The New Testament is Archaeologically Verifiable
The Accuracy of Luke
Sir William Ramsay, an English historian and prolific writer, was a product of a mid-19th century education and, as a result, held a pervasive anti-Biblical bias. He believed the historical accounts in the book of Acts had been written, not in the time of the apostolic Church, but in the mid-second century. If this were true, Acts could not have been written by Luke, the traveling companion of the apostle Paul. The Gospel of Luke and the Book of Acts would, therefore, be less than an accurate record of history. But Luke claimed to have been with Paul as the two men trudged over the cobblestone roads of the Roman Empire. He claimed to write as one who watched as Paul was used by God to bring a young convert back to life after a fatal fall (Acts 20:8-12). In spite of this claim, Ramsay was skeptical of Luke and the historical record of Acts, and he set out to disprove it.
As a result, Ramsey began a detailed study of the archaeological evidence, and he came to a disconcerting conclusion: the historical and archaeological evidence supported the fact that Luke not only wrote the Book of Acts in the first century, (during the time of the apostles), but also wrote an accurate account of history. Rather than Luke being a historical fraud, Ramsay concluded that:
“(There are) reasons for placing the author of Acts among the historians of the first rank” (Sir William Ramsay, St. Paul the Traveller and the Roman Citizen, Hodder & Stoughton, London, 1925, p. 4).
Luke is Confirmed by the Historical Evidence
Ramsay became convinced of Luke’s reliability because Luke wrote about the work of the early Church as it existed within the context of secular events and personalities of the day. In Luke’s Gospel account we are introduced to Pontius Pilate, Herod the Great, Augustus and other political players. In Acts we meet an even larger group, including Sergius Paulus, Gallio, Felix, Festus and Herod Agrippa I and II. Luke not only writes about these people, but he mentions details, (sometimes relatively minute details), about these folks:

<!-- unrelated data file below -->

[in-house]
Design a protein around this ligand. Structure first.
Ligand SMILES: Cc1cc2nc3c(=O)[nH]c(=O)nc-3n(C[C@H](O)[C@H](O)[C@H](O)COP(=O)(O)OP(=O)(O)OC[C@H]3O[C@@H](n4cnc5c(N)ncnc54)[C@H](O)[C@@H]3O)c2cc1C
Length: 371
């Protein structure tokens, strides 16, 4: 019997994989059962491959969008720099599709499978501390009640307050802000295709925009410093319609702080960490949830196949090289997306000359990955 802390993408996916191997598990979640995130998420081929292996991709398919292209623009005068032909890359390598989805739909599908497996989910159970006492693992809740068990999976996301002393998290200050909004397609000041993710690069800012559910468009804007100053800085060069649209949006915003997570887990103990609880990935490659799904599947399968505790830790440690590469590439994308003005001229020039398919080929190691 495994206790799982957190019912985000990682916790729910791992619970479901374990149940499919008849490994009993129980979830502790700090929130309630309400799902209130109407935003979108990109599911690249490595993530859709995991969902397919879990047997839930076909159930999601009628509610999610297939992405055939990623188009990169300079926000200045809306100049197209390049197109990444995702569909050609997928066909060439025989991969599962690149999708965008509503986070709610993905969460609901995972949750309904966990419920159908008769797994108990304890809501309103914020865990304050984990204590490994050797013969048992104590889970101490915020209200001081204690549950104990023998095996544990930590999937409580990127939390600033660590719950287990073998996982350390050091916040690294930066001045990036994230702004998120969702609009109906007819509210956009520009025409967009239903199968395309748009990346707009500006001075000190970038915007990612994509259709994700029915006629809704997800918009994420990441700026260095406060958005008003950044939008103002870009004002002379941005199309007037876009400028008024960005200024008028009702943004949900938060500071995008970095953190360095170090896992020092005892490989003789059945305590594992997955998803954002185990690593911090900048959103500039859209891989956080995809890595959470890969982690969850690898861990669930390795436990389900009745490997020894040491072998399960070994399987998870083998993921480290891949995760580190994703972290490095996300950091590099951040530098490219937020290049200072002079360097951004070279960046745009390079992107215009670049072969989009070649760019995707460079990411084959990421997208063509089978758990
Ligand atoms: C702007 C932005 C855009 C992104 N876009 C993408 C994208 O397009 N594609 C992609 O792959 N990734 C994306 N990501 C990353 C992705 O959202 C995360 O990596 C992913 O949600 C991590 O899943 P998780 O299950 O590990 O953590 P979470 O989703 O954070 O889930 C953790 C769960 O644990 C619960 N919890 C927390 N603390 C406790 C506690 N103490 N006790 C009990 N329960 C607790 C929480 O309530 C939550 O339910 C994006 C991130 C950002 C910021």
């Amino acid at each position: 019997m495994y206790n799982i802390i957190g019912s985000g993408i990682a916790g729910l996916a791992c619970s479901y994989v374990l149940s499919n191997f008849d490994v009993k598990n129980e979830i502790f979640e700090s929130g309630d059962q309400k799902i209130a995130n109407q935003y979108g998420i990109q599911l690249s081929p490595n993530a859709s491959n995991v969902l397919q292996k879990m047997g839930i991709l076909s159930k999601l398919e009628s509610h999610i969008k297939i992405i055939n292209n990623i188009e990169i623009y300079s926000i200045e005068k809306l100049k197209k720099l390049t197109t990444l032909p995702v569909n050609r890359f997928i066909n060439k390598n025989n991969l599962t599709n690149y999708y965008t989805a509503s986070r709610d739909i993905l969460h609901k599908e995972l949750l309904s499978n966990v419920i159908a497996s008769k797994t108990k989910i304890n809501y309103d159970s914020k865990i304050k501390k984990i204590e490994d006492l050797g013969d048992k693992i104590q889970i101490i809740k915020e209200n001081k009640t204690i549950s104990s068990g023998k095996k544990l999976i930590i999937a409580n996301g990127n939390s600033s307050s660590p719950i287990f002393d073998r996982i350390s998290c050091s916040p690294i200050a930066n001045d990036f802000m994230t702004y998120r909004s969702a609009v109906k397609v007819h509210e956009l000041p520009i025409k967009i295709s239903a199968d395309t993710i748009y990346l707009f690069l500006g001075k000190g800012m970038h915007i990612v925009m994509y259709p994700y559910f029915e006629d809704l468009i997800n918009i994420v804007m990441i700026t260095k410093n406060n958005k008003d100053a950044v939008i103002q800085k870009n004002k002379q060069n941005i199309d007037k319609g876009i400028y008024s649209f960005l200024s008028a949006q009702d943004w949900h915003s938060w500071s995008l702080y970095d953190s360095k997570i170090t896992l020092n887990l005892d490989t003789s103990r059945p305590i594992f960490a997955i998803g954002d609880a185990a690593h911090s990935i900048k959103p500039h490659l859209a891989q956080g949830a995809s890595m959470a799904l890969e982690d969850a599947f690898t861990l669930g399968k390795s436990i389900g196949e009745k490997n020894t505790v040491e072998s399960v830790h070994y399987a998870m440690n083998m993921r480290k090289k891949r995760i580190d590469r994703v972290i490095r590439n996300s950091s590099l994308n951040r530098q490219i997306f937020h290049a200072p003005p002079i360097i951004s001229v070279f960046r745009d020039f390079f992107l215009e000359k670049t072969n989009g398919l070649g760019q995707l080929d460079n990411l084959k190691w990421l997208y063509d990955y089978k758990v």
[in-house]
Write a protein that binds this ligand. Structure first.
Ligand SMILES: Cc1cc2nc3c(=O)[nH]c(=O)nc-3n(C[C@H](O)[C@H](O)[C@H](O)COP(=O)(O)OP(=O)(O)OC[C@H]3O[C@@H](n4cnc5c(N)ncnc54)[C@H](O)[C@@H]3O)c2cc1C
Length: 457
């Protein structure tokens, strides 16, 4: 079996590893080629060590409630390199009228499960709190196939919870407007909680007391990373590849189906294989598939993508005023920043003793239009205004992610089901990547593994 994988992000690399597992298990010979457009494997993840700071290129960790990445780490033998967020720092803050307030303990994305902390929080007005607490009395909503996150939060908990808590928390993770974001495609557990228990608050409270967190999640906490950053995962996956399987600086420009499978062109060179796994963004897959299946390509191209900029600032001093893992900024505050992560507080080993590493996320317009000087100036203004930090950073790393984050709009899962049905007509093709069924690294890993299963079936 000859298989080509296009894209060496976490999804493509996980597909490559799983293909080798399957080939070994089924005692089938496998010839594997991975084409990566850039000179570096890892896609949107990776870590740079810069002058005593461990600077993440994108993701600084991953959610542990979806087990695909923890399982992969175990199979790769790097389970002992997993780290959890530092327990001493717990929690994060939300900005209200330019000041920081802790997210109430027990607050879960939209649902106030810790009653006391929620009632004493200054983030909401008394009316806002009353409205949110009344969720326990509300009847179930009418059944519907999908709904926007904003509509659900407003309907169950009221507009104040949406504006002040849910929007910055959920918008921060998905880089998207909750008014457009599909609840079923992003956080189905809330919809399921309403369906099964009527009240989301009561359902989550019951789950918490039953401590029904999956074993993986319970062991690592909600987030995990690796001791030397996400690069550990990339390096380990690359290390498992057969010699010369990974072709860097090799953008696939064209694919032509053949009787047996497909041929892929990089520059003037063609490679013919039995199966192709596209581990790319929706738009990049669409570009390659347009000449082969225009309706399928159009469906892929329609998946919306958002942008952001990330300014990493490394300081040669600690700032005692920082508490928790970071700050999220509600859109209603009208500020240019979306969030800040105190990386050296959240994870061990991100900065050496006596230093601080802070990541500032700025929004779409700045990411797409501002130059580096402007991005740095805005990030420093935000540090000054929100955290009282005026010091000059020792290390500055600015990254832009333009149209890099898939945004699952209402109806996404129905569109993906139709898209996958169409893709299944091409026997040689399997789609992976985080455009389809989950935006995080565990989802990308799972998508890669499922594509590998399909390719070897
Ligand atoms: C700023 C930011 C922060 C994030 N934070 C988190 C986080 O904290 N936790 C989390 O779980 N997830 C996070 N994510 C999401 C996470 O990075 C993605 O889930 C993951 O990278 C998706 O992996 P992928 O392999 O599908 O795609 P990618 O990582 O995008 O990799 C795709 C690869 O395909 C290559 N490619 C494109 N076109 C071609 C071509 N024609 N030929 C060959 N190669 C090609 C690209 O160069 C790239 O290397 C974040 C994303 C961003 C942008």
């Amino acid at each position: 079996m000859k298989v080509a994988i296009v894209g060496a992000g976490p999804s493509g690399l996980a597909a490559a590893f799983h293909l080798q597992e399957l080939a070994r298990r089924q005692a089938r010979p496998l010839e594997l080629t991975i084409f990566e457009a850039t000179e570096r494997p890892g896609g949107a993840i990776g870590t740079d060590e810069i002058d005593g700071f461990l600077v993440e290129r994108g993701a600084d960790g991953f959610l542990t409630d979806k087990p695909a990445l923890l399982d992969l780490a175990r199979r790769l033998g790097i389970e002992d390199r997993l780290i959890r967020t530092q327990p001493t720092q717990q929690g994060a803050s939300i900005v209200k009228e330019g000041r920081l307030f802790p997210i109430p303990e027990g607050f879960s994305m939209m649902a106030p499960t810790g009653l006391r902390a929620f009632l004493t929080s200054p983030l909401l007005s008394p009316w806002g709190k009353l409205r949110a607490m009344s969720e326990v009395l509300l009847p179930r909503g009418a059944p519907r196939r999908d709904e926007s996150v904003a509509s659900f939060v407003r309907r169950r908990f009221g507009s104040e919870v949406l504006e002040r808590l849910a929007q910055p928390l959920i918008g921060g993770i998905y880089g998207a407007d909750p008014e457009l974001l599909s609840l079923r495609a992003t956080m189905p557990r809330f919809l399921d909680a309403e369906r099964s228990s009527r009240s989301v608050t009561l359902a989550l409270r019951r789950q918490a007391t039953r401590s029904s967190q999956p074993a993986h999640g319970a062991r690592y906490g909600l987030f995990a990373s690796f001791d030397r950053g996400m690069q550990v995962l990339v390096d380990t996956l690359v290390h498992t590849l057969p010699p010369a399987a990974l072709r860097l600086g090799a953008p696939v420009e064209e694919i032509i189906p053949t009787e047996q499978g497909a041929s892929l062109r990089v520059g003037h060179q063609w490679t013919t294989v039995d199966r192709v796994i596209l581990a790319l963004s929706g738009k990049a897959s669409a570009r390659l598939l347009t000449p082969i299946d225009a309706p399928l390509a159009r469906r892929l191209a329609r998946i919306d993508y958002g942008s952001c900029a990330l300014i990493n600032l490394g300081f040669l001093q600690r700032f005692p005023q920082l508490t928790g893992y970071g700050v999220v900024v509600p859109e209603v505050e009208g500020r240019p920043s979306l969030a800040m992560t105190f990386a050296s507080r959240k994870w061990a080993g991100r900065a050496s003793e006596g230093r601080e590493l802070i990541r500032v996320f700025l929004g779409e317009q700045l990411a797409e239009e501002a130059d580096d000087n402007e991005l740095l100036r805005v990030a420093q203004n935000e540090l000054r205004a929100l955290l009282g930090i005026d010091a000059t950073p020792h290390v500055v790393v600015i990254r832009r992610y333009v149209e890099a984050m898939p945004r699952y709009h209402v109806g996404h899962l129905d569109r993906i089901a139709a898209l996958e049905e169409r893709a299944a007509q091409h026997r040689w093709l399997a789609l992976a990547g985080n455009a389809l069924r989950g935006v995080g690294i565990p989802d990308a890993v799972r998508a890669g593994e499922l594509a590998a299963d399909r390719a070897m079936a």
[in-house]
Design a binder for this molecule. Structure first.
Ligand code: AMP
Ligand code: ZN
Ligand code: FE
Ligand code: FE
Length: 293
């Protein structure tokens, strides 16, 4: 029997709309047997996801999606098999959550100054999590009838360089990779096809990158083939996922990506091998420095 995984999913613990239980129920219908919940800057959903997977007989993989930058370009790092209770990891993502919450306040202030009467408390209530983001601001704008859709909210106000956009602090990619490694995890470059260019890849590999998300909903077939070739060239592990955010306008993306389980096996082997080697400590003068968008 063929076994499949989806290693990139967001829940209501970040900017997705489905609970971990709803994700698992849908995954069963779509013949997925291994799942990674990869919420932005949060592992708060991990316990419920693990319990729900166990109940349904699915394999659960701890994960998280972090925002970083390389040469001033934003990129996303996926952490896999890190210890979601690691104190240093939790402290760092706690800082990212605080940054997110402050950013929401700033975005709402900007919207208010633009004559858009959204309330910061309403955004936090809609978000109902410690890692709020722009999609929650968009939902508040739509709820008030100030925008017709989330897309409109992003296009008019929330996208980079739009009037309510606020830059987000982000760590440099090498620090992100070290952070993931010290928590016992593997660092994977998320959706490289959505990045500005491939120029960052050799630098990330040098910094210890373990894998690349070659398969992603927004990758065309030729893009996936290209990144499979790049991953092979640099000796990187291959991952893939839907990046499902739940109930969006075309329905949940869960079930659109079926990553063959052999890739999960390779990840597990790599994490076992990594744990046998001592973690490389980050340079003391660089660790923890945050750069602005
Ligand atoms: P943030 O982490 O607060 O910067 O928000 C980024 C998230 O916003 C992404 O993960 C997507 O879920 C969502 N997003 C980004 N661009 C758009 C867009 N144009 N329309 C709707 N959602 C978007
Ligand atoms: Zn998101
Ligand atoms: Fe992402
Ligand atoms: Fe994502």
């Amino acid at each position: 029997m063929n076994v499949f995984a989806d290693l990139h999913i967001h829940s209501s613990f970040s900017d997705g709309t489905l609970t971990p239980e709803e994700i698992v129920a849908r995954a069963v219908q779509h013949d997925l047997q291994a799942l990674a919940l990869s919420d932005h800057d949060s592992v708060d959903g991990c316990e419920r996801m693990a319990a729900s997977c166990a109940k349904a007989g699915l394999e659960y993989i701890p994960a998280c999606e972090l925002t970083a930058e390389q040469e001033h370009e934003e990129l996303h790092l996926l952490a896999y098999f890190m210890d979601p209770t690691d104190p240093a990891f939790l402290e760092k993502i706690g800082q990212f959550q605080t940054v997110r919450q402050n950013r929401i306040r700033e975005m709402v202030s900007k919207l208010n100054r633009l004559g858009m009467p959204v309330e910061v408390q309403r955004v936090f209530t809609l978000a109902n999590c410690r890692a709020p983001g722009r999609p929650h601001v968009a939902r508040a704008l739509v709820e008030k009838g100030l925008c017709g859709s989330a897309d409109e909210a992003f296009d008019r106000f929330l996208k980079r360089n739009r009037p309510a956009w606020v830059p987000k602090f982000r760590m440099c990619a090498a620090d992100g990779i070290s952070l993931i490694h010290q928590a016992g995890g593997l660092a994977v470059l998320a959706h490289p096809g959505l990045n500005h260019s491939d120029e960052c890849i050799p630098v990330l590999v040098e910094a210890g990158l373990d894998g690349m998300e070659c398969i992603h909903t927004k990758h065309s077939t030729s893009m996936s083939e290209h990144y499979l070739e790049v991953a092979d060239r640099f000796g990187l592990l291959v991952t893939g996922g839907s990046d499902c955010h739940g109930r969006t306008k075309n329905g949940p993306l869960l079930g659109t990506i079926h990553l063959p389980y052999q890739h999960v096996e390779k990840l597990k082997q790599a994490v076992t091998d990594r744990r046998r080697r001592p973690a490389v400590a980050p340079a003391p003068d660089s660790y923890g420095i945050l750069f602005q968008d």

“One of the most remarkable tokens of (Luke’s) accuracy is his sure familiarity with the proper titles of all the notable persons who are mentioned . . . Cyprus, for example, which was an imperial province until 22 BC, became a senatorial province in that year, and was therefore governed no longer by an imperial legate but by a proconsul. And so, when Paul and Barnabas arrived in Cyprus about AD 47, it was the proconsul Sergius Paullus whom they met . . .’ (F.F. Bruce, The New Testament Documents: Are They Reliable?, InterVarsity Press, Downers Grove, Illinois, 1973, p. 82).
Luke’s narrative is confirmed by the minute and particular detail with which he writes about the offices and titles of officials of the Roman Empire. In every case he gets it right, as confirmed by archaeological discoveries many centuries later. As Ramsay discovered, this level of accuracy requires that the author be well versed in the intricacies of the politics of the day. As a point of comparison, few of us would do as well if we were quizzed about the exact official titles of national and international political figures that surround us today.
In the past, critics have claimed that Luke was in error in several places in his narrative of the life of Jesus and the Acts of the Apostles. Yet again and again, Luke has been proved reliable by the archeological evidence. Let’s take a look at some areas of doubt that have been eliminated through archeology…
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